Monday, October 15, 2012

NHL at a Crossroads

The NHL and NHLPA’s top negotiators (Bettman, Bill Daly and the Fehr Brothers) are set to meet on Tuesday and it looks like they will begin the process of discussing core economic issues. Yippy. Hooray. Finally. Let’s not get too excited. Both sides haven’t shown the capacity to compromise.

Compromise you say? Yes, I say compromise. I believe that deals are agreed upon when both sides compromise. I believe that both sides need to negotiate in good faith and both sides to an agreement need to come out of it believing that they have won or that it is a good deal for them.

The two sides are at a crossroads. Which road will they take? Will they hammer out a deal, save the season and mitigate the damage caused to their fan base or will they continue to put their noses to the grindstone and ignorantly stick to their hard line positions?

Right now, the NHL & NHLPA are so bogged down, trying to beat the other side into submission that they have totally lost control of the negotiating process. With the NHL already losing 250 million dollars and the players losing 8% of their 2012/13 salaries (They’ve lost the first of 13 paychecks), you would think that one of the sides is nearing it’s breaking point.

My bet would be that the players will blink first and that’s what NHL ownership is banking on. They’ve already accepted harming their fan base in order to break the players backs. To me, that is negotiating in bad faith.

The players on the other hand, didn’t seem to put an honest proposal together and are living in a fantasy world if they thought the owners would accept a revenue share beyond 50%. The players need to realize that the owners own the NHL. Players are employees or contractors and I don’t know any other employee/contractor outside of the sporting world that receives even close to 50% of a company’s revenues.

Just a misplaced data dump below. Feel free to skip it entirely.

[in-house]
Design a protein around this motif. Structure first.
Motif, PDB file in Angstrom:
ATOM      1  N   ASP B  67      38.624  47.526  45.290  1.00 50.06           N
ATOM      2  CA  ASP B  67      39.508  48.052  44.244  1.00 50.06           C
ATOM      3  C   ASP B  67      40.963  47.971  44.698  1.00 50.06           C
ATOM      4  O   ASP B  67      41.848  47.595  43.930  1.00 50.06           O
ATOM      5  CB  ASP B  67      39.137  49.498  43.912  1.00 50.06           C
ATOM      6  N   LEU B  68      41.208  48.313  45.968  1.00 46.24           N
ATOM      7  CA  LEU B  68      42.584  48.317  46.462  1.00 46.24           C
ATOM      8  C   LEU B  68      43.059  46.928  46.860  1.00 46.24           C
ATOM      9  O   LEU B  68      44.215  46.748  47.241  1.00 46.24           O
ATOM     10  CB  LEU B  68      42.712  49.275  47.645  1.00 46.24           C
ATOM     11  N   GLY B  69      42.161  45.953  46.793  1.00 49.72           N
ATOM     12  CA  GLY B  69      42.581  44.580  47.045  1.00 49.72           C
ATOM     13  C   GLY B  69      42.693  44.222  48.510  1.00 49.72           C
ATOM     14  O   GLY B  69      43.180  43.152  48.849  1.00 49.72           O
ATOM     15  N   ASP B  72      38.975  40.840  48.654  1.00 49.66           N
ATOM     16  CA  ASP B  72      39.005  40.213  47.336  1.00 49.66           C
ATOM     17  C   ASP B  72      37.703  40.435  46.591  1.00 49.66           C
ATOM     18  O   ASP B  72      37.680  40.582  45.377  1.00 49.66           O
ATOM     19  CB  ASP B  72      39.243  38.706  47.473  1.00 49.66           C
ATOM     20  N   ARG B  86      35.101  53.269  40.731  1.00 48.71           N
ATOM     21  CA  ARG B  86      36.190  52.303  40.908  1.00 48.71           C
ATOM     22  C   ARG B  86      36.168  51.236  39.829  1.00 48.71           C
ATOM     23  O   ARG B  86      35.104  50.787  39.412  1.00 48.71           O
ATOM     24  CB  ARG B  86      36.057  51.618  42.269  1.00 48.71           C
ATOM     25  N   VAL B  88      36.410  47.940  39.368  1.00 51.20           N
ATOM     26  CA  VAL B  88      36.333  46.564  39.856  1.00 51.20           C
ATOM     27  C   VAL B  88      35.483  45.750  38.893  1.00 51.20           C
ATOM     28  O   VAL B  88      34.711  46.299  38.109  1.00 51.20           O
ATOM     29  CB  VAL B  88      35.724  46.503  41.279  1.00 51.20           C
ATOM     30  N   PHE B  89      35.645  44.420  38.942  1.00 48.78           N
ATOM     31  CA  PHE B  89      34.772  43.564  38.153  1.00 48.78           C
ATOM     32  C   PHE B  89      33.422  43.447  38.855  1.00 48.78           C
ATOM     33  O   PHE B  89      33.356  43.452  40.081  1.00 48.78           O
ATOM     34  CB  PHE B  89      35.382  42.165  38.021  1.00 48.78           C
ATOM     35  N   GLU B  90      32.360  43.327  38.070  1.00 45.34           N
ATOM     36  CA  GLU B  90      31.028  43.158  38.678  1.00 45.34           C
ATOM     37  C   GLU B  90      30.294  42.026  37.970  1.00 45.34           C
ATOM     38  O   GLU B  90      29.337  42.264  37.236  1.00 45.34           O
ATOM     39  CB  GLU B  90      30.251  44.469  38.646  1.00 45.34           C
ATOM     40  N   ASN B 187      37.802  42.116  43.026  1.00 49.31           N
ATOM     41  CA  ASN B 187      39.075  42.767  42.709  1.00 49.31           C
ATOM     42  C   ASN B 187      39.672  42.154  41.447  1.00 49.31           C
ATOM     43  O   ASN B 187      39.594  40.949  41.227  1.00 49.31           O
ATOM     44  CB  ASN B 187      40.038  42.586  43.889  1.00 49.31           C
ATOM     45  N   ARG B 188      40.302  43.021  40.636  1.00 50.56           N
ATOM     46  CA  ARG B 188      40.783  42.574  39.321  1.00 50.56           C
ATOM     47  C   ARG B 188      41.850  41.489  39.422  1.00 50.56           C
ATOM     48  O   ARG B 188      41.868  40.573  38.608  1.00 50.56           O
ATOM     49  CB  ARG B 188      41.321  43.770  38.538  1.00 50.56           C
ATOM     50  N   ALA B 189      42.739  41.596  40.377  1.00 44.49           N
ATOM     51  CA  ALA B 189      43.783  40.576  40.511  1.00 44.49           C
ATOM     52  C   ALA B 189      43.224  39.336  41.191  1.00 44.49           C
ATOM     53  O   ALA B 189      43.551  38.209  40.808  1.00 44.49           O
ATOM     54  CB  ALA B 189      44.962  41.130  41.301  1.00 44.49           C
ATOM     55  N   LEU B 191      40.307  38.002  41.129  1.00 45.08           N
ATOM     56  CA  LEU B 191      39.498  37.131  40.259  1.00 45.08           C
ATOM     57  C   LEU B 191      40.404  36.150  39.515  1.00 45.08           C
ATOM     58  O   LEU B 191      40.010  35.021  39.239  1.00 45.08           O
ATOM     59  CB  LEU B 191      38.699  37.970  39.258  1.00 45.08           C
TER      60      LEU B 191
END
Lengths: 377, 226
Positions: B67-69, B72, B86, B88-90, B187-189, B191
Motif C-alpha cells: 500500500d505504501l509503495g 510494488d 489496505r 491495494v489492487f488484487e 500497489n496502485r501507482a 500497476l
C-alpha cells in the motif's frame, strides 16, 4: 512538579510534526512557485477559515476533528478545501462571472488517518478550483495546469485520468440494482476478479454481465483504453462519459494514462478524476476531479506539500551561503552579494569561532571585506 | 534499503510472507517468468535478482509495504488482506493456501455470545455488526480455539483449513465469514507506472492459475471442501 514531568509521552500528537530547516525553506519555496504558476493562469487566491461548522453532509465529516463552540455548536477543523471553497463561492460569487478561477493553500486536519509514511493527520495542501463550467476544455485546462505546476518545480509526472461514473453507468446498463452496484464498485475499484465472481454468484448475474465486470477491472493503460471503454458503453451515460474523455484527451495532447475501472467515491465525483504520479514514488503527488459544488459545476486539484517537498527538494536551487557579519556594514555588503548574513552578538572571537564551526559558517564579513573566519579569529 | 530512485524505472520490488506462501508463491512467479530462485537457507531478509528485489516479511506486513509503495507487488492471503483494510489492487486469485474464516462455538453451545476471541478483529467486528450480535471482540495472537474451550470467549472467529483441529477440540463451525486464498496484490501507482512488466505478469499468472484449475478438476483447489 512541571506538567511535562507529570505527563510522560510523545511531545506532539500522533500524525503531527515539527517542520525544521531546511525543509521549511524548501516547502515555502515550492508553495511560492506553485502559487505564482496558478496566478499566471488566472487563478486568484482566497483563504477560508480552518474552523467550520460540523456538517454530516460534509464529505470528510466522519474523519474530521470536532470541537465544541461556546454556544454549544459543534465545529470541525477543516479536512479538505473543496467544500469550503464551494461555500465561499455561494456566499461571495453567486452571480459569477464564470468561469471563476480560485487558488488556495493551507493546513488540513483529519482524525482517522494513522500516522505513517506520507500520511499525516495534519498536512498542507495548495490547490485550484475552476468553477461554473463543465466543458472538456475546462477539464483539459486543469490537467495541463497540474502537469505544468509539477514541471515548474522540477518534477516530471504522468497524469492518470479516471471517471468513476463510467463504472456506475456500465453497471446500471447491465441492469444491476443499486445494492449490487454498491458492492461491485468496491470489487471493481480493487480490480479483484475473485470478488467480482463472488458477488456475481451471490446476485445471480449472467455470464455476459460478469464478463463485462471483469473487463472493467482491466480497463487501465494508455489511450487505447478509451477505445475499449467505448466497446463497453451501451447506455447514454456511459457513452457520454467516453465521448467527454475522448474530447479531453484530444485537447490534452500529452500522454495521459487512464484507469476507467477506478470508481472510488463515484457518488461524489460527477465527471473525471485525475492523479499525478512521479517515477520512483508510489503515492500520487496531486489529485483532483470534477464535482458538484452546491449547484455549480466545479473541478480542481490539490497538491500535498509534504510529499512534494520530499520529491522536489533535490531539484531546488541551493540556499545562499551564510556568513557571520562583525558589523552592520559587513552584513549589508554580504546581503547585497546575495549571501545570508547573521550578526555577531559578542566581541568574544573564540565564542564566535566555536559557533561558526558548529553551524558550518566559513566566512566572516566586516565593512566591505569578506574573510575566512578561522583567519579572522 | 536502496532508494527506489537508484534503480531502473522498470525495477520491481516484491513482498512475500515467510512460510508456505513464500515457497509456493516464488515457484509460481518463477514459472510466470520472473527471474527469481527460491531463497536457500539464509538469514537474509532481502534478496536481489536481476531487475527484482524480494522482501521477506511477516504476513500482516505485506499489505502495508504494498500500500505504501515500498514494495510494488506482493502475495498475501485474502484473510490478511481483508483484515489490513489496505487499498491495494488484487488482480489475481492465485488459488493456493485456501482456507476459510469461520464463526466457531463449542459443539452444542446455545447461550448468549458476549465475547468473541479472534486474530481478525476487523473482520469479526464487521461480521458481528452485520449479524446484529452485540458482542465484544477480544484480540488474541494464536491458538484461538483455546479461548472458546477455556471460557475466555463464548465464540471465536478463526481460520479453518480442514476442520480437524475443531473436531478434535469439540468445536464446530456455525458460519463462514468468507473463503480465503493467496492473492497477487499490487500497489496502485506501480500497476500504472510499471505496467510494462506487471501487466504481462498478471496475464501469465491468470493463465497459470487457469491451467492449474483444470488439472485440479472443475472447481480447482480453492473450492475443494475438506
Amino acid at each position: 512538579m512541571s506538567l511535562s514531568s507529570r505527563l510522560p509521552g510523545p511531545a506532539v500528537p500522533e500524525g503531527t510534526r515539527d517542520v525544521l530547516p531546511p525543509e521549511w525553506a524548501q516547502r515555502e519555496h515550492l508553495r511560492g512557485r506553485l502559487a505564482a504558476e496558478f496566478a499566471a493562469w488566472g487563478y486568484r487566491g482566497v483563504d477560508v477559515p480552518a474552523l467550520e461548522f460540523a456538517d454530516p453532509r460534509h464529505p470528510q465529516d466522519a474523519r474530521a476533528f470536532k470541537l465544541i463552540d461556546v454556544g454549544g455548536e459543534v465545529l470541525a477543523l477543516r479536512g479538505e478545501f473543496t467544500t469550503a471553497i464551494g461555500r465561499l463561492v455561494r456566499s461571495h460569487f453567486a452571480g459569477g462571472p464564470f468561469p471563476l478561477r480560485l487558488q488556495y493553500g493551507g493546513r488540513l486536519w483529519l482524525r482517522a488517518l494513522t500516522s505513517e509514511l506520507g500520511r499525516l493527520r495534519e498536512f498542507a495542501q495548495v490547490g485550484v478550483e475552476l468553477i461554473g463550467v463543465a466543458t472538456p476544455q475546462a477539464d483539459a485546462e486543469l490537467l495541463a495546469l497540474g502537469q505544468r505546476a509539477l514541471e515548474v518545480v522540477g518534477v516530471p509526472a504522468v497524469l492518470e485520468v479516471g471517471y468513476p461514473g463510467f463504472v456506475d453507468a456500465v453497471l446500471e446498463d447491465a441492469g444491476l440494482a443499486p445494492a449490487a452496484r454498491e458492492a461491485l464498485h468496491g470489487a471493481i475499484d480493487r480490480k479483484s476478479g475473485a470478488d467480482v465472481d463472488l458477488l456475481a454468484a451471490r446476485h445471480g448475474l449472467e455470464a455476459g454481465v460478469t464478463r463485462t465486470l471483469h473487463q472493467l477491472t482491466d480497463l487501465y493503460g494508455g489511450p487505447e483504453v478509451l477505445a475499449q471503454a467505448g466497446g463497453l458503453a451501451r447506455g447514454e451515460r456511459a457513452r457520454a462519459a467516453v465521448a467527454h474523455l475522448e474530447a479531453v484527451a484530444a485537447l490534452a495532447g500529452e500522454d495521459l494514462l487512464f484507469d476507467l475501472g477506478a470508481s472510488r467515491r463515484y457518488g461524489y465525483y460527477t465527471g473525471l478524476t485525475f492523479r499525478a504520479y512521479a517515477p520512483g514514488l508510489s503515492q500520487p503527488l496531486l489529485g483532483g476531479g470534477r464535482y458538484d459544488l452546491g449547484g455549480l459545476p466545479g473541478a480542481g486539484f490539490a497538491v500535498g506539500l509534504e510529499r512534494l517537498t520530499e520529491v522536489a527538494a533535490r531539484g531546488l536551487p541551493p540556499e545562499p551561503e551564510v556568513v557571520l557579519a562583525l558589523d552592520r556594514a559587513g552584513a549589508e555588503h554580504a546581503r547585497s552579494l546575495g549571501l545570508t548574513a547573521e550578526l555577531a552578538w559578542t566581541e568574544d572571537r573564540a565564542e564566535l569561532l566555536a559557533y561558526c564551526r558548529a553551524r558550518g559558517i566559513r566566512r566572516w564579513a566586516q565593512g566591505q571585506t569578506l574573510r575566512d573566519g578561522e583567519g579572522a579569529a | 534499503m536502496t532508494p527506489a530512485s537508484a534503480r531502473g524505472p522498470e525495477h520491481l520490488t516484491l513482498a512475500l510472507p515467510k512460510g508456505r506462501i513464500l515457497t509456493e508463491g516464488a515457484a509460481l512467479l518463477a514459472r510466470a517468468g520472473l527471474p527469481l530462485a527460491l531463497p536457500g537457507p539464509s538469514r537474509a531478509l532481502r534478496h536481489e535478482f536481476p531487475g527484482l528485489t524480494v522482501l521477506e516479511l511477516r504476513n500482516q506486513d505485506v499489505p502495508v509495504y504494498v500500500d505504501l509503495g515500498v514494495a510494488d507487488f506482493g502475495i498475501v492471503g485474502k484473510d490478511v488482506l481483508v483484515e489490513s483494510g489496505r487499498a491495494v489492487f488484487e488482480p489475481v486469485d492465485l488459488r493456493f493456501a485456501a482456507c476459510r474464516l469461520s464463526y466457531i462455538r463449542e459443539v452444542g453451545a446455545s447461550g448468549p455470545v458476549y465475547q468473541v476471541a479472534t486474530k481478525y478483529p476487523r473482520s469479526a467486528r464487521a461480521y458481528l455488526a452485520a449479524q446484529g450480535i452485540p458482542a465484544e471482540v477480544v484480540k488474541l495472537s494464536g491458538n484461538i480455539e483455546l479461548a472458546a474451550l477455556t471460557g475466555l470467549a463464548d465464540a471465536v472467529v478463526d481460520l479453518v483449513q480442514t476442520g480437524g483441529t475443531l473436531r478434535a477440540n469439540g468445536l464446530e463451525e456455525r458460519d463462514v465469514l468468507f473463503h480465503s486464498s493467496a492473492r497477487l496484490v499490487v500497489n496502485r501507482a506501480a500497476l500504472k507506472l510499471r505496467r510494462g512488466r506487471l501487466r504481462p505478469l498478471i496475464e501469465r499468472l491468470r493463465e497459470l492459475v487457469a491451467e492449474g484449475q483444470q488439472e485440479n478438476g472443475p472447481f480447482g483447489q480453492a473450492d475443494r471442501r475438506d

Both sides have been willing to take a hard line approach to negotiations, even if that means taking the risk that some fans will not return. Both sides are willing to destroy their game. Come on guys. Work together to save and even enhance the game you love.

If either side gets their way and harms the other, we will have many more lockouts and work stoppages in the future and there will never be trust between the parties. That’s key to me. There is still a glimmer of hope that the sides can iron out a deal that is palatable to both parties.

If that is done, there is the possibility that both sides can work on rebuilding and creating trust between each other. The players and owners need to see each other as partners and not adversaries. Leave that type of behavior to defense lawyers and prosecutors.

I would like to see the owners take the lead here and offer a reasonable proposal to the players. I would like to see them negotiate in good faith and try not to break the players backs. If they did this and the players refused to reciprocate, I would then turn my wrath to the players.

The players are set to be big losers. Everyone calls them “millionaires” and they are but the billionaire owners want to cripple them. They want to destroy them. As a fan, I can’t agree with that or tolerate that type of behavior.

This nonsense is turning me off professional hockey and that’s sad. I want both sides to start acting like mature adults. I want both sides to start acting in good faith and what’s best for the NHL and professional hockey. Once that happens, hopefully it will lead to a deal.

The NHL and the NHLPA seem to be at an crossroads and it will take some compromising by both parties to get a deal done. While damage has been done and it might take many years to rebuild the damage done to the NHL’s fan base, there is time to repair the mess.

If the NHL & NHLPA agree to a new Collective Bargaining Agreement soon and they limit how many more games will be cancelled, the NHL might just get off the hook. If the season is cancelled, it will take many, many years for the NHL to repair the damage caused by this senseless lockout.

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